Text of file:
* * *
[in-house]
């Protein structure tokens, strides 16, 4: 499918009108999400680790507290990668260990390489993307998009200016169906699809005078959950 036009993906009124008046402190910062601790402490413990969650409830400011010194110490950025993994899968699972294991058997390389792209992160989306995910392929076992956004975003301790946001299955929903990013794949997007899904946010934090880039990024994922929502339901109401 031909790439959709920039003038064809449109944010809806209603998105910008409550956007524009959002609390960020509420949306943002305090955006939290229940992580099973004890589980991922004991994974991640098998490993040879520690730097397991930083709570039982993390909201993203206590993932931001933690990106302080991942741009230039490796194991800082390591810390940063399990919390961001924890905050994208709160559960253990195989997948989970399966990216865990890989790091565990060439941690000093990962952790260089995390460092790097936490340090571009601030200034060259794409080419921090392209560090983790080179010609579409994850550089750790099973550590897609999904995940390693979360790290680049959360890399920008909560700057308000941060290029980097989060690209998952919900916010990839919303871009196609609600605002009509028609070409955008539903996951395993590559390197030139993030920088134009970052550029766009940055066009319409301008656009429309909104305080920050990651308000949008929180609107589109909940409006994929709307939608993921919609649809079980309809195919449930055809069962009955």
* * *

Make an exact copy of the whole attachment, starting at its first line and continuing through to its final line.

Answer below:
[in-house]
């Protein structure tokens, strides 16, 4: 499918009108999400680790507290990668260990390489993307998009200016169906699809005078959950 036009993906009124008046402190910062601790402490413990969650409830400011010194110490950025993994899968699972294991058997390389792209992160989306995910392929076992956004975003301790946001299955929903990013794949997007899904946010934090880039990024994922929502339901109401 031909790439959709920039003038064809449109944010809806209603998105910008409550956007524009959002609390960020509420949306943002305090955006939290229940992580099973004890589980991922004991994974991640098998490993040879520690730097397991930083709570039982993390909201993203206590993932931001933690990106302080991942741009230039490796194991800082390591810390940063399990919390961001924890905050994208709160559960253990195989997948989970399966990216865990890989790091565990060439941690000093990962952790260089995390460092790097936490340090571009601030200034060259794409080419921090392209560090983790080179010609579409994850550089750790099973550590897609999904995940390693979360790290680049959360890399920008909560700057308000941060290029980097989060690209998952919900916010990839919303871009196609609600605002009509028609070409955008539903996951395993590559390197030139993030920088134009970052550029766009940055066009319409301008656009429309909104305080920050990651308000949008929180609107589109909940409006994929709307939608993921919609649809079980309809195919449930055809069962009955």